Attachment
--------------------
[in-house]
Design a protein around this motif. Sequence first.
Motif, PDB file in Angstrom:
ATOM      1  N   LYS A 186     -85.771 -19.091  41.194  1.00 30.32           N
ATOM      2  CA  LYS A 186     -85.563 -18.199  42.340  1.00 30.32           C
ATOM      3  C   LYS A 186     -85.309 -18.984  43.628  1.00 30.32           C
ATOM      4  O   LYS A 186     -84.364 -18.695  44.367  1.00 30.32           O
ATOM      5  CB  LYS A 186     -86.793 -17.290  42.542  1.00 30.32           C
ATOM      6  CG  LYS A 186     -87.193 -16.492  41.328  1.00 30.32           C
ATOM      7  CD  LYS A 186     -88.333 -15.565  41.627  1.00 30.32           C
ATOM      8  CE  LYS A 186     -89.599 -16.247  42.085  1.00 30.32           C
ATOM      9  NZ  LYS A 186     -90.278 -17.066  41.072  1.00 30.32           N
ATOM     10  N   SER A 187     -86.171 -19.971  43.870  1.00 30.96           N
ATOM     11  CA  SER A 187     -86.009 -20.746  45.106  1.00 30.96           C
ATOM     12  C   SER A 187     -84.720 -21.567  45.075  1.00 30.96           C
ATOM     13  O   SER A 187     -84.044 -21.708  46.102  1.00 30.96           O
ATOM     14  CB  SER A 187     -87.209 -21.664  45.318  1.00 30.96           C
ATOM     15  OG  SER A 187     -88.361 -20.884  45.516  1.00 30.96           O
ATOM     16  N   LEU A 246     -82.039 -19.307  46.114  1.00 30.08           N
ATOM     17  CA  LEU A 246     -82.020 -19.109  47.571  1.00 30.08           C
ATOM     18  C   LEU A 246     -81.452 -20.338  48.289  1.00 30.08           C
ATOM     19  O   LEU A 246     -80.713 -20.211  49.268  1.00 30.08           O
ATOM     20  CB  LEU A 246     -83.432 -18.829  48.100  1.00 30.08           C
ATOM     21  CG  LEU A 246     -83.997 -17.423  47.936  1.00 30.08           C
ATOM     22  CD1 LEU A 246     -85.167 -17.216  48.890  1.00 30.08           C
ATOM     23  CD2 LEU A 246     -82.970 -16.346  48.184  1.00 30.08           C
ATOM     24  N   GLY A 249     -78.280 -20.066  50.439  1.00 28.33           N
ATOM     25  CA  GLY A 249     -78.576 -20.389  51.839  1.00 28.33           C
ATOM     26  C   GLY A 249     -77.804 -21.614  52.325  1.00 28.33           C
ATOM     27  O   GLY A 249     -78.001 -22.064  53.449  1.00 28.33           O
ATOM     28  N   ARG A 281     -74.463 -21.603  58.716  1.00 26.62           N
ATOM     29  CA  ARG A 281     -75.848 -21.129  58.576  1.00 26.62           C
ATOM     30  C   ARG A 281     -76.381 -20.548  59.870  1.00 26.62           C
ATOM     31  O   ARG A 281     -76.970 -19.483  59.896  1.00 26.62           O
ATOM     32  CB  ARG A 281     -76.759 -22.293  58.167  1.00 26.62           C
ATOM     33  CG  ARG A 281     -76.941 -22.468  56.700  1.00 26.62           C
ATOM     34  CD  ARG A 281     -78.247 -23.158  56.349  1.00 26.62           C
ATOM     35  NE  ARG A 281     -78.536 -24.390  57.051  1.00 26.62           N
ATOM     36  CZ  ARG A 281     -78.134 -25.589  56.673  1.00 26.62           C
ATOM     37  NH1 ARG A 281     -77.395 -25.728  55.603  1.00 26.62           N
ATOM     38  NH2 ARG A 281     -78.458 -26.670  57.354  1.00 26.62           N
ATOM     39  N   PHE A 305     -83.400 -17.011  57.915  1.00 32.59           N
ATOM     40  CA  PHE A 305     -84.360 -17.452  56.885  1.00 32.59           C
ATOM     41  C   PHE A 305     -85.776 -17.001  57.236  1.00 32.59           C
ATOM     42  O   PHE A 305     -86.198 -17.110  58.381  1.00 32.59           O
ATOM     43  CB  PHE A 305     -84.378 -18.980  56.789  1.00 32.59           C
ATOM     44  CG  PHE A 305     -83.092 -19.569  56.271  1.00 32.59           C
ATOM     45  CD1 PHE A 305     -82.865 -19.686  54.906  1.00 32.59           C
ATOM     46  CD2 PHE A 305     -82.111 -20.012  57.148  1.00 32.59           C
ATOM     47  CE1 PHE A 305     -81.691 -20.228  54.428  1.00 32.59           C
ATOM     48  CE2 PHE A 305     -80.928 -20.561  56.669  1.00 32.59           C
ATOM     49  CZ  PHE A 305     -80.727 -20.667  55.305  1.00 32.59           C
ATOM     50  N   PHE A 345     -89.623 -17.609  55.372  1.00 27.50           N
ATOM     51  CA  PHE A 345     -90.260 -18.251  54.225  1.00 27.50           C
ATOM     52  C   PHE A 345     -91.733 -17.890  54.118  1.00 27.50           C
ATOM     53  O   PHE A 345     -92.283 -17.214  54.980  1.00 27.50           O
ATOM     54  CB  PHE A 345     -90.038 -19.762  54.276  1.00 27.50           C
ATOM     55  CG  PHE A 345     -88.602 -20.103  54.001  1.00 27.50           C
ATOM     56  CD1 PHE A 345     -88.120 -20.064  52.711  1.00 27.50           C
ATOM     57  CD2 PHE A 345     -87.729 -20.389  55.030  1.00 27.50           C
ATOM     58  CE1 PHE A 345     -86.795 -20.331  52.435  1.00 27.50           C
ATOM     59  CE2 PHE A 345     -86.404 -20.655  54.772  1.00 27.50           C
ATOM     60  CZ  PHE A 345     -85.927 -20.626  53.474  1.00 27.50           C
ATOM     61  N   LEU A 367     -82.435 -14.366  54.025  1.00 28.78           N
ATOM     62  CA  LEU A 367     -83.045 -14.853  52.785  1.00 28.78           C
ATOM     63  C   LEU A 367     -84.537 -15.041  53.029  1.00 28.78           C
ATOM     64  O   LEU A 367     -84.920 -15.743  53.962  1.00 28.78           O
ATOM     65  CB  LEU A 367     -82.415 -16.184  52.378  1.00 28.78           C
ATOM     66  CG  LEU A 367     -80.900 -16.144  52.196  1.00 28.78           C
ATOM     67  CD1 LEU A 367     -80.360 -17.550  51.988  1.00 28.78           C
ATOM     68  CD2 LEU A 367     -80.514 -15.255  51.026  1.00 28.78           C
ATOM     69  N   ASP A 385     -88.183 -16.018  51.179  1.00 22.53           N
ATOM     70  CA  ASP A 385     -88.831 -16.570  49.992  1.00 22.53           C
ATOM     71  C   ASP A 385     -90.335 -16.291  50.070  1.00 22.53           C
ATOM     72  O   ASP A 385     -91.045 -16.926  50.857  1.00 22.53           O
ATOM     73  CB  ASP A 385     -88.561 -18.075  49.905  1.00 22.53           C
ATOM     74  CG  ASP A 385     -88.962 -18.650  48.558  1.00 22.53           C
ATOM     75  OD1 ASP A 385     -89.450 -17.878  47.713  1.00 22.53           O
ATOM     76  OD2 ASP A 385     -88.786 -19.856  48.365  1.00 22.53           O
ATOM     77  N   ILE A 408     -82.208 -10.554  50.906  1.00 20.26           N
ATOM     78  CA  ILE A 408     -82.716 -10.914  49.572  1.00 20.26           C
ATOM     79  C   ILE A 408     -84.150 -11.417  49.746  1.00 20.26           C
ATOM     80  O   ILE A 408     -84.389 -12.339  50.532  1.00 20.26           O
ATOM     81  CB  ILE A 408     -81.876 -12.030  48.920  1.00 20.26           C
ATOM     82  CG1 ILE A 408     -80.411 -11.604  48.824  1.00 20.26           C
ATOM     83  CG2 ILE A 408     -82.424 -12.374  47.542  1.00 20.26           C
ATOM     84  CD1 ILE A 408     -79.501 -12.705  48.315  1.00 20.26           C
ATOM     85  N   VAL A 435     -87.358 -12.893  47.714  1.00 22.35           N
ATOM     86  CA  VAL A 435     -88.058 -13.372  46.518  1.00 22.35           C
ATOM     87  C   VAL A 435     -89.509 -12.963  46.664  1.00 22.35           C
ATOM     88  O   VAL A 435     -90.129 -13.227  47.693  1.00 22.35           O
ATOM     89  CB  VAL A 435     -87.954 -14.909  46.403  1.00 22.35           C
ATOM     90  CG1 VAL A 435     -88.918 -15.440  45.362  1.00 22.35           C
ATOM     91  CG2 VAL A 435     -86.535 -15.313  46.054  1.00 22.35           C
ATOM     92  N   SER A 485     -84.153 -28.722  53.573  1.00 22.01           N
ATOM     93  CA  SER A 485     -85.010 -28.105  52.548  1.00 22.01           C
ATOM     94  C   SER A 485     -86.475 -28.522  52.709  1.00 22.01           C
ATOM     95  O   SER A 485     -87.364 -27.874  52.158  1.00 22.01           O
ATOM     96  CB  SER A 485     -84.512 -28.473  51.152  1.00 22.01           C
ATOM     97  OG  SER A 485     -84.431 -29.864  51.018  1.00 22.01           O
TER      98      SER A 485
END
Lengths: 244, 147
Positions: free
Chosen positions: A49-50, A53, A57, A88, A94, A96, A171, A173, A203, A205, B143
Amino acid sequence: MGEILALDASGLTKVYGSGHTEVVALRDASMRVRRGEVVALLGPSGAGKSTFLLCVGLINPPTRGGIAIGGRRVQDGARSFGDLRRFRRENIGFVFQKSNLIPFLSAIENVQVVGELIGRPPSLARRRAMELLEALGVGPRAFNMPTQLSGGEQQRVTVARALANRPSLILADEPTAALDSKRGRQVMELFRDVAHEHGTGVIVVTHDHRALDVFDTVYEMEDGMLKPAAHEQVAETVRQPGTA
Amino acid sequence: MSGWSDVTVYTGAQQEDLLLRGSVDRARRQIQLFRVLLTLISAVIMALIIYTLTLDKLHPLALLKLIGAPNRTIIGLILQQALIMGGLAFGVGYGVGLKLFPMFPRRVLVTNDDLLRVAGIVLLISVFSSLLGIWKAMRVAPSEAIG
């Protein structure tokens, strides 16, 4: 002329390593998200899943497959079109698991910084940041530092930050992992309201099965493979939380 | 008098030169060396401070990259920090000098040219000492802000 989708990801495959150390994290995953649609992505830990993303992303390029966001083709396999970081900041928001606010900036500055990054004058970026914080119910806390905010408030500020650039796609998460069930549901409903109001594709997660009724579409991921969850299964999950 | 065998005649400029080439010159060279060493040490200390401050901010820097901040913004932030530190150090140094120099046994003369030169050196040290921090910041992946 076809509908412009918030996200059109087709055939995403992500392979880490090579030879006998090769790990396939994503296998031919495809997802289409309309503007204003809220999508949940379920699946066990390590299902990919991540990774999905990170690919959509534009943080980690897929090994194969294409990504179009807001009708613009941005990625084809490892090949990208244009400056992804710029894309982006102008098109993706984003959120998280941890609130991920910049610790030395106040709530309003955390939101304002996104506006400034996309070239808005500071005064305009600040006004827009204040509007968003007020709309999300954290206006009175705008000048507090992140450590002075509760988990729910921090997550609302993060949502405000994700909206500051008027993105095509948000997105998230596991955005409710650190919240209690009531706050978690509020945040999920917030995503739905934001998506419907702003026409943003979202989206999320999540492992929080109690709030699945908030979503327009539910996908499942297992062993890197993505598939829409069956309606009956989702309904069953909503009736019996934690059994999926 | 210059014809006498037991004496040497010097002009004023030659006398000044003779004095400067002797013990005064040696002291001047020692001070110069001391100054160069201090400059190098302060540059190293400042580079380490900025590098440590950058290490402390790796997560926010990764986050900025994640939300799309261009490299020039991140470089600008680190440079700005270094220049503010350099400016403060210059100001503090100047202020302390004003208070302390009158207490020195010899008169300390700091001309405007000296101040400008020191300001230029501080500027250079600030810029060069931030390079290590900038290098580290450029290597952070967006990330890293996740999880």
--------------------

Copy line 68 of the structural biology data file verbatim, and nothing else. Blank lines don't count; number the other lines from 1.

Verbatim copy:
ATOM     65  CB  LEU A 367     -82.415 -16.184  52.378  1.00 28.78           C